Challenging traditional narrow views, this unique work proposes to rethink and reinterpret Ulster loyalism from the beginning of the "Troubles" to the present day, by tracing its religious, paramilitary, political, and community influences.
The work examines the core values of loyalist communities, the roots of violence, and the shift toward peaceful coexistence with former enemies. Also discussed are the DUP's claims that it represents loyalism's "true voice" along with the complex and varying degrees of commitment to the Crown, the Protestant Faith, and the British governance of Northern Ireland. Lastly, it looks at how cultural expressions of loyalist identity, such as poetry or cartoons, are being used in the (re)construction of a loyalist memory.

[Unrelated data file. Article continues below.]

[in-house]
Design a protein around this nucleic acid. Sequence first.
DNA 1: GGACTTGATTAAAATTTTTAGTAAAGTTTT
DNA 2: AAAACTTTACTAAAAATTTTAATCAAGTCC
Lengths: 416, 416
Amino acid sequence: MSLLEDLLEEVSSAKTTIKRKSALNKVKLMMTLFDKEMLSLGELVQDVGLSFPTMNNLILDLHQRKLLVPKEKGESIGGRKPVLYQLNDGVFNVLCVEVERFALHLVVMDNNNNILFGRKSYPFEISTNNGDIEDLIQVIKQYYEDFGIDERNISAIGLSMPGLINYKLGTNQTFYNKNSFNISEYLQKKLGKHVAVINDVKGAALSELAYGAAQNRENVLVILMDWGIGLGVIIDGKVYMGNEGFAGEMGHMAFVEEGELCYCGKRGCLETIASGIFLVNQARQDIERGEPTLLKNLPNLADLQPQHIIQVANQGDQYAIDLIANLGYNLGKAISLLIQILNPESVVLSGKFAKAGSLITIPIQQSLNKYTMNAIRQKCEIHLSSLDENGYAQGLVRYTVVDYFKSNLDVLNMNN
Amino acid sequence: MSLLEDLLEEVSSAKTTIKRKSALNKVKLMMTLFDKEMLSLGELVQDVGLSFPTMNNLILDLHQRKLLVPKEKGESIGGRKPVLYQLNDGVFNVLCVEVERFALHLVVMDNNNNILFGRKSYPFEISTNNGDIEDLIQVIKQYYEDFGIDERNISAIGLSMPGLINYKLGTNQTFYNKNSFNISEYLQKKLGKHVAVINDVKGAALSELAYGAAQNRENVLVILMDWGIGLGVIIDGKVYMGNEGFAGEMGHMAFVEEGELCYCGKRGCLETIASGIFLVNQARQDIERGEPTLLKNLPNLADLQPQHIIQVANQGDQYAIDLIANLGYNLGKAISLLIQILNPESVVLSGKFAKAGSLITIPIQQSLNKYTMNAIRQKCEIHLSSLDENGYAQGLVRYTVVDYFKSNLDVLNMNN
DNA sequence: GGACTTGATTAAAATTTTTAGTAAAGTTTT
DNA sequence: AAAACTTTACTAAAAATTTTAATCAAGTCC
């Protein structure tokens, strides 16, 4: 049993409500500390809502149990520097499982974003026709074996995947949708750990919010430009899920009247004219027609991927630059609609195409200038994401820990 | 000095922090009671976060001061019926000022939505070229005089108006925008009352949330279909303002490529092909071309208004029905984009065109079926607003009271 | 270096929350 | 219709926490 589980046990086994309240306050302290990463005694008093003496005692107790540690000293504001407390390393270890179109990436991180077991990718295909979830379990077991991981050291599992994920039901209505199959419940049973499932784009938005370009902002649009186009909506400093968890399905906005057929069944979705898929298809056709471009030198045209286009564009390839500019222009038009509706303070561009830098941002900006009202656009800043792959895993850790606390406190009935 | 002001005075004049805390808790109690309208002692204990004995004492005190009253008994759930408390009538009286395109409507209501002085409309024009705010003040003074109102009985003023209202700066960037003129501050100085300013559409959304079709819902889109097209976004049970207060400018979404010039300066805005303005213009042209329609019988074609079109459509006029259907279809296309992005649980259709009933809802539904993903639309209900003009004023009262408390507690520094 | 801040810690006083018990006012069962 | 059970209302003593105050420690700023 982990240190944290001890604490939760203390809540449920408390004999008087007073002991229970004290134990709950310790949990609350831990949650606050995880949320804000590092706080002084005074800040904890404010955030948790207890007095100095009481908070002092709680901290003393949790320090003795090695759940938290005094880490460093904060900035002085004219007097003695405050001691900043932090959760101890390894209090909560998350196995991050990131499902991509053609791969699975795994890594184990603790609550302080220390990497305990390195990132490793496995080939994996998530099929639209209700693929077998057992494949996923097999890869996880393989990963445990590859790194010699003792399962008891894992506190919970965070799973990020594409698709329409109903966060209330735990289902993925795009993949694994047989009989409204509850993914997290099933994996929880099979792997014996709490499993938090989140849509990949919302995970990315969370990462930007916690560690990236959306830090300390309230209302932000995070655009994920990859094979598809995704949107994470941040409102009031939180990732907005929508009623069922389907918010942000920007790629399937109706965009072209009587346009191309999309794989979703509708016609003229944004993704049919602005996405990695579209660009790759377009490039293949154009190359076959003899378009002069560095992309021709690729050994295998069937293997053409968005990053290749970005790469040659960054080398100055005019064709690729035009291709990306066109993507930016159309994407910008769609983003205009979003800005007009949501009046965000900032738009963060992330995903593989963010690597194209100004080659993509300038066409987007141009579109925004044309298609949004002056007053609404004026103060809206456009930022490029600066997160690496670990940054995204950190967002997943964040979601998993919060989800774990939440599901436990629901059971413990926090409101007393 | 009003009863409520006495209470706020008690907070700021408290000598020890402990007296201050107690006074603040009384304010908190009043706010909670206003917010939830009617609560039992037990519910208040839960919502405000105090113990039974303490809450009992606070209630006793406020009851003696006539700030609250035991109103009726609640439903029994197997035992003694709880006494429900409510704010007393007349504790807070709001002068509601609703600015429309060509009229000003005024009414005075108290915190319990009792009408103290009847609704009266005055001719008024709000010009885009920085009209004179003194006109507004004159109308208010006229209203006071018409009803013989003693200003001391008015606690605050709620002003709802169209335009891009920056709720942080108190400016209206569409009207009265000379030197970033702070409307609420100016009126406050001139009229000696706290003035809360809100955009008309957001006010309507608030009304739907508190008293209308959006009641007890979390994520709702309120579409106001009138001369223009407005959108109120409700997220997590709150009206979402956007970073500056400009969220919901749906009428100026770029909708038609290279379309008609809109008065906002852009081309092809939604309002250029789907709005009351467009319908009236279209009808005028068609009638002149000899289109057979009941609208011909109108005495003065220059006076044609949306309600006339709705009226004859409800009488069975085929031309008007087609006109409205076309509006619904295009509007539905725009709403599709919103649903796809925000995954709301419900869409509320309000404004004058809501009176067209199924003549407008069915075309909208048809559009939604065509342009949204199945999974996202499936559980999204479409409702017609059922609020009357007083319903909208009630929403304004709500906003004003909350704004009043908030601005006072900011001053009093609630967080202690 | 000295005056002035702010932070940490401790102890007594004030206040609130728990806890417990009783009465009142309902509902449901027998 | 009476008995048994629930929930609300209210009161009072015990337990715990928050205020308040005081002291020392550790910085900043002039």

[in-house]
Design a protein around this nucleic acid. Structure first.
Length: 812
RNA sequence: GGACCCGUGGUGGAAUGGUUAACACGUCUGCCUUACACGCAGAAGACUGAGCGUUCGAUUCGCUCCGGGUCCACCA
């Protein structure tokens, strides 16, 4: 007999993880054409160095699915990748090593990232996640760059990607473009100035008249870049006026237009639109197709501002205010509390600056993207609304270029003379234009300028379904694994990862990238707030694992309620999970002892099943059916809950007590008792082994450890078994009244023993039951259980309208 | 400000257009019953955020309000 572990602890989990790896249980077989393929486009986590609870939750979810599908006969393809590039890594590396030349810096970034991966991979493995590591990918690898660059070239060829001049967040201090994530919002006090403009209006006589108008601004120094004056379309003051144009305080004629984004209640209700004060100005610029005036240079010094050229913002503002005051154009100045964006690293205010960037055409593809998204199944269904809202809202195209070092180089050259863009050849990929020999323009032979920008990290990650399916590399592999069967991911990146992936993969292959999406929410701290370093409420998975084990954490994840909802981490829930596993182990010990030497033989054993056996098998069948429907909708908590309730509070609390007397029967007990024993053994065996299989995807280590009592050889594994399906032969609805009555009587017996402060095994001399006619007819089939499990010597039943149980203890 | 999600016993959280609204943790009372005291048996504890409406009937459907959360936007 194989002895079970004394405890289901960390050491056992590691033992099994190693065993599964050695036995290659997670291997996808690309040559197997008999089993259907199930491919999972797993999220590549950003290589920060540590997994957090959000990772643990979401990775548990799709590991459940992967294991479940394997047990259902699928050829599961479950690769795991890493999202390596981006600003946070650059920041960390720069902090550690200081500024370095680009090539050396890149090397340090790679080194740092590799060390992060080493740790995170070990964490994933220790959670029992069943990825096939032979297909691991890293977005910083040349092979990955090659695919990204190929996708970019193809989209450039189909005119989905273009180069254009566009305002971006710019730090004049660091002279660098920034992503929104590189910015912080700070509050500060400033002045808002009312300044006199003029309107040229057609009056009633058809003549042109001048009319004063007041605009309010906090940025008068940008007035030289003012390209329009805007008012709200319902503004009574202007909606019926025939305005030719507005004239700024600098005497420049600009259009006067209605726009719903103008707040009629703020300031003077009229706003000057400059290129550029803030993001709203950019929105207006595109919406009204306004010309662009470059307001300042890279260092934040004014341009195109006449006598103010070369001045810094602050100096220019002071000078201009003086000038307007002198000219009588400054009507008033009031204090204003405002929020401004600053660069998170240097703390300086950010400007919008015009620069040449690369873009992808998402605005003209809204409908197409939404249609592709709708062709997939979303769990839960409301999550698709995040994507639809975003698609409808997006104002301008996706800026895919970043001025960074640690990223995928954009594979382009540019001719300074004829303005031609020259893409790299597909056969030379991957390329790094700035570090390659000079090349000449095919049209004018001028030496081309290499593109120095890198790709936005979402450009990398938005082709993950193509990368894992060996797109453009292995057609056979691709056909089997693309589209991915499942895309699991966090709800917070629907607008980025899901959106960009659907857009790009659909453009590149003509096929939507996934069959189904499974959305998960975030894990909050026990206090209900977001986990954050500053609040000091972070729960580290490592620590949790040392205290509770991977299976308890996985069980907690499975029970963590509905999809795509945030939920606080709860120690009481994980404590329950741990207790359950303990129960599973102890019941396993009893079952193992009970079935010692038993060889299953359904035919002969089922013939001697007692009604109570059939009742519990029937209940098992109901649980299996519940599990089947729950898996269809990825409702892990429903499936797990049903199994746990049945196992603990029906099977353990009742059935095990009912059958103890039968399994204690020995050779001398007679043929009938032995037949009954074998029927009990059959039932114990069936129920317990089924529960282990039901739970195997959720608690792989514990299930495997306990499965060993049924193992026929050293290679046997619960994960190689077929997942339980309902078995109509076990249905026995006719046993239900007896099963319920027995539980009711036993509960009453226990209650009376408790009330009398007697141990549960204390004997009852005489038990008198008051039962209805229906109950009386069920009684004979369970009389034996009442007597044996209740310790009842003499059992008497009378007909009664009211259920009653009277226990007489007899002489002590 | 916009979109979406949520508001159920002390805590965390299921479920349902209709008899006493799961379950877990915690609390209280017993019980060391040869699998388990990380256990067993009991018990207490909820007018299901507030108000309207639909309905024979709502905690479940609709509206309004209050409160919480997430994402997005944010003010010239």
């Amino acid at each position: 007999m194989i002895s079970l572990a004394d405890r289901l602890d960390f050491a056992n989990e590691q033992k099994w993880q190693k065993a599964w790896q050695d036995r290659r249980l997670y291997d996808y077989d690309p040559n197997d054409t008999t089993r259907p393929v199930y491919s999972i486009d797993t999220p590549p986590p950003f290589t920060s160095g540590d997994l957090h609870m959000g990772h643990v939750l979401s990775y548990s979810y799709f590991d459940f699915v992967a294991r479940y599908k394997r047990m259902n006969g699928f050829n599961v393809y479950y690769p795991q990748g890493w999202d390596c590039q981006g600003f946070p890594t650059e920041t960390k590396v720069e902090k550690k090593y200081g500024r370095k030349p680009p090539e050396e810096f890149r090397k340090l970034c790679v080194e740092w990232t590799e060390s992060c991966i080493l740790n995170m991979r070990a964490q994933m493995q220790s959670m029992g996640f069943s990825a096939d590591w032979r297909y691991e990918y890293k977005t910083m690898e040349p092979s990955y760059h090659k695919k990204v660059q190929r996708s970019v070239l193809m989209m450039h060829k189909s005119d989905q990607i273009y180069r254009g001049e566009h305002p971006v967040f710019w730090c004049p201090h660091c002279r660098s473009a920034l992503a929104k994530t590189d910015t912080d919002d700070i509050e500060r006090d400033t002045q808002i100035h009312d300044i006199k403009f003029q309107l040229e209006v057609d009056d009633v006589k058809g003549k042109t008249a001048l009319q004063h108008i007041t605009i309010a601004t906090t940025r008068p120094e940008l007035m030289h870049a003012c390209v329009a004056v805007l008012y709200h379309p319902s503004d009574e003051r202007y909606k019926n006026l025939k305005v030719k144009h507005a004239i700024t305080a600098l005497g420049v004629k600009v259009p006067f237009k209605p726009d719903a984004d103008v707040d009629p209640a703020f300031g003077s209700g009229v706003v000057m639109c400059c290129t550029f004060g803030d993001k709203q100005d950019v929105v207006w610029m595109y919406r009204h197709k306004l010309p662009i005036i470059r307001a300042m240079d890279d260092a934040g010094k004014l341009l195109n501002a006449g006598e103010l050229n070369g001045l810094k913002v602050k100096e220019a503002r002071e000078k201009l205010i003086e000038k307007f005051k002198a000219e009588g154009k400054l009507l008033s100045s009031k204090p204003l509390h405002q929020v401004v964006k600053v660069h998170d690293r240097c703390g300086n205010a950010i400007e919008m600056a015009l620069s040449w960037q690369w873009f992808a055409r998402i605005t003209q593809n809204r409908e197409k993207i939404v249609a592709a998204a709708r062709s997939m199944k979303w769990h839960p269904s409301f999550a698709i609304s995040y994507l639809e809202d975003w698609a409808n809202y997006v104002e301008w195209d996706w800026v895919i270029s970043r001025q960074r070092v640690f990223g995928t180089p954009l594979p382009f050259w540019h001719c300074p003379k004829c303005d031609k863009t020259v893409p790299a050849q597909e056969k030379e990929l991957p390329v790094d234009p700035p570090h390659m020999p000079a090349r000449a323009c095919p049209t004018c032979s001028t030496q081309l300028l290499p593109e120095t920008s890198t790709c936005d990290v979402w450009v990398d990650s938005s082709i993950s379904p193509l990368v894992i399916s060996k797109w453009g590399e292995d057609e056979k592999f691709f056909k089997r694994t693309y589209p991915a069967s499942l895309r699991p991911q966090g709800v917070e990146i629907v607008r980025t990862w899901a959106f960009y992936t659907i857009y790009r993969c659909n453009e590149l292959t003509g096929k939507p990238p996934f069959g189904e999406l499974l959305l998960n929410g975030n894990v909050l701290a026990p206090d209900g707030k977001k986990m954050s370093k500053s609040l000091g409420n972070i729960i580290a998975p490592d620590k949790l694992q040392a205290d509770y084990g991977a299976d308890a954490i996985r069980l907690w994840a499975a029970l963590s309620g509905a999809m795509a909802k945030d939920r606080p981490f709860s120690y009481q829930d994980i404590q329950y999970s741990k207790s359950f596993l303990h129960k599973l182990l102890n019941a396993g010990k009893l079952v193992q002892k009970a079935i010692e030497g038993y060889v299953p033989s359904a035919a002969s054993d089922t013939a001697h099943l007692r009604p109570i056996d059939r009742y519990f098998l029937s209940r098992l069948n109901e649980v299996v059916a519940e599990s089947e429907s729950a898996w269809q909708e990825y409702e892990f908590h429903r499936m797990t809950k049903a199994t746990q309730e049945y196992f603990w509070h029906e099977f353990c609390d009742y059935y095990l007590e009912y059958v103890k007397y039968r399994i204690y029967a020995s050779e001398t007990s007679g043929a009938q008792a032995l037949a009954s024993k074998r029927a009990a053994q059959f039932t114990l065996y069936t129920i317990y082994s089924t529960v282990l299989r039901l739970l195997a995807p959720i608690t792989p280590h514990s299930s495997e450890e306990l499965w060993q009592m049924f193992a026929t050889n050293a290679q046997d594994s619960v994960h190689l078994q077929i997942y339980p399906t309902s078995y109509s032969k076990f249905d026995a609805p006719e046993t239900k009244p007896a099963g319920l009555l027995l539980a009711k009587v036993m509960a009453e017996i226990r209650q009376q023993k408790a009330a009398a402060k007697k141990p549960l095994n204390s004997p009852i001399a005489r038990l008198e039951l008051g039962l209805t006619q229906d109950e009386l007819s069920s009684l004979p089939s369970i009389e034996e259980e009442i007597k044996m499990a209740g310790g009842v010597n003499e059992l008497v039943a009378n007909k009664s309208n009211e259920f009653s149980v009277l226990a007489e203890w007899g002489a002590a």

Written by a leading expert on Ulster loyalism, the work is based on extensive interviews with loyalists and loyalist literature to provide an inside account of the processes of loyalist identity formation and transformation. Drawing on political science, sociology and cultural studies, it will appeal to anyone interested in Irish politics as well as conflict and peace processes.
James W. McAuley is Professor of Political Sociology and Irish Studies and Associate Dean for Research and Enterprise at the University of Huddersfield, UK. He is a recognized expert on Ulster unionism and loyalism.
Introduction 1. Loyalism and Community Identity 2. Loyalist Paramilitarism 3. Political Expressions and Transformations 4. Loyalism: popular culture, memory and Britishness Conclusion Bibliography Index